• Assess gene expression changes after exercise using Dr. Light's studies as a template
  • Assess complement C4a findings after exercise - follow up on the CDC's exercise study work
  • Assess gait and vestibular functioning before and after exertion
  • [fright]
    Examine the effects of exercise on thyroid functioning (from a patient who's TSH levels went from .74 to 7.4 after a day moving boxes. )
  • Determine how mental exertion can cause physical symptoms such as disorientation, fatigue and others and be as debilitating for some as physical exercise (from three people).
  • Monitor HR continuously and with accelerometers. Find out why heart rate drops with exertion in some patients and why it can rise after the exertion is done or why it can rises too fast in some patients. Determine why blood pressure can drop after exercise. Determine why resting HR's - particularly the day after exercise - are high.
  • Assess the degree of chronotropic incompetence present
  • Monitor heart rate, oxygen levels long term using Fitbits or other devices.
  • Assess lactate, acetate, possible other organic acids; formate, glycolate could be tracked.
  • Assess the degree of microflora change and microbial translocation before and after exertion
  • Assess histamine levels before, during and after exercise
  • Assess muscle weakness before and after exercise
  • Assess symptom changes before and after exercise. Does exercise provoke new symptoms?
Expert Advice
  • Include Ron Davis – Ron Davis basically birthed this project with his grant proposal’s asking that the NIH fund a similar project. He and his fellow researcher have gone over and over again and again on what to look for, and Davis has already begun to pick up new findings. His group has a wealth of knowledge that the Clinical Center trial researchers could draw on.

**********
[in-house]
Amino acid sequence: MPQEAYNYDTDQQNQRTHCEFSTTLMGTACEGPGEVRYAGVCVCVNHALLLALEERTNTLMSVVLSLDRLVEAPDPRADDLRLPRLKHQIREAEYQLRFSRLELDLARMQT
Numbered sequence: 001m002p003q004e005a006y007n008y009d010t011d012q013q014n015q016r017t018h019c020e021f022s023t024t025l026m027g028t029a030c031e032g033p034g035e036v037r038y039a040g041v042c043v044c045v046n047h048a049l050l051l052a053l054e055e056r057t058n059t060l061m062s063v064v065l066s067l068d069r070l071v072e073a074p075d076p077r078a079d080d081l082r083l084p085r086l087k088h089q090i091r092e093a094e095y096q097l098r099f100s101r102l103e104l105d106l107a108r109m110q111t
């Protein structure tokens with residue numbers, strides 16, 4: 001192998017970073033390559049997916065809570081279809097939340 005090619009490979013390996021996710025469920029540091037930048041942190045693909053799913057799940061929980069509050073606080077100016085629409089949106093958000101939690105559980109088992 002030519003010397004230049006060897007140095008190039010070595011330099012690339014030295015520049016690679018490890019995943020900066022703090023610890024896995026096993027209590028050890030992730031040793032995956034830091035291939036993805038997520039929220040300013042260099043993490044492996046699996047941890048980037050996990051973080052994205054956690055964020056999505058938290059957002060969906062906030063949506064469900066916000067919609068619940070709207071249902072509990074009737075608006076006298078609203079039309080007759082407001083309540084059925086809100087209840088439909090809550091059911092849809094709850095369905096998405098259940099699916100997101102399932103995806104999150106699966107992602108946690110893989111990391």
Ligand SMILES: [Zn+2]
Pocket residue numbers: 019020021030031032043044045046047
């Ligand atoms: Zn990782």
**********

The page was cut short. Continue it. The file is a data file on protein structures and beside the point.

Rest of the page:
• Dr. Peterson's subgrouping of atypical and typical ME/CFS patients was critical to the success of the Simmaron/CFI spinal fluid study. Get his advice on testing, on subgroups and how to protect the patients’ health and well-being during and after the study.
  • Talk to Staci Stevens at Workwell – the exercise portion may be the most critical part of this study. She developed the two-day exercise protocol over the past two decades and has tested hundreds of patient using it. Use her to learn how to get sick ME/CFS patients through those tests safely.
  • Contact Fluge/Mella about their Rituximab and blood vessel work and unpublished findings
  • Talk to Julia Newton about her autonomic nervous system findings. Focus on her studies showing that the muscle problems in ME/CFS may be connected to the brain problems.
  • [fright]
    [/fright]Talk to Dr. Sonya Marshall-Gradisnuk at Griffiths University about recent biomarker finding. Assess the finding in the study.
  • Talk to Alan Light about his exercise and gene expression findings. Alan Light’s graph of muscle metabolism and other markers going banana’s during exercise are still the most visually striking ME/CFS findings we've seen.
  • Bring in all the Big Dogs to fill in the GAPS through review of study content and missing tests: Klimas, Peterson, Lapp, Teitelbaum, Kenny De Meirleir, Oaklander, Elander, Holtorf, *Byron Hyde, Bateman.
  • Involve migraine and headache specialists involved in this from various perspectives – blood flows, oxygen, neurology, immunology, gastrointestinal, sleep, etc.
  • Contact the Zinn's regarding their recent QEEG findings
  • Get input from Dr. Julian Stewart and Marvin Meadows. They have studied the orthostatic and blood flow problems in ME/CFS POTS for over a decade.
  • Contact Gordon Broderick regarding immune networking findings
  • Contact Dr. Brewer about increased incidence of sinus issues in ME/CFS
  • Contact Dr. Shirley Bastien regarding appropriate neurospychological testing and issues.
  • Talk to Dr. Gominak about Vit B and D issues
  • Talk to Dr. Myhill about mitochondrial problems
  • Include doctors like Dr. Solcher, who are on the front lines of this research.
  • Contact Dr. Enlander at Mt Sinai Research Center in New York City regarding the results of his and Dr. Schact's extensive exercise study.
  • Check out Dr. Goldstein's "Betrayal by the Brain", "Limbic Hypothesis" and other books on ME/CFS.
  • Read "Myalgic Encephalomyelitis and Postviral Fatigue States" by A. Melvin Ramsay 1986
  • Assess defects in methylation genes
  • Assess MTHFR gene polymorphisms
  • Do whole exome sequencing
  • Do gastric emptying study
  • Assess hydrogen levels in breath (SIBO testing)
  • Contact Dr. Alaedini regarding his recent gut findings. Alaedini just received an NIH grant to assess the presence of novel response to gluten in ME/CFS and the incidence of gut permeability
  • Do gut microflora analysis down to the species level (use Lipkin's unpublished findings to guide approach to the gut microbiome).
  • Study “hidden” gut infections using comprehensive PCR stool testing.
  • Do detailed gynecological history. The CDC studies on gynecology indicate an astonishingly high prevalence of gynecological issues pre and post ME/CFS.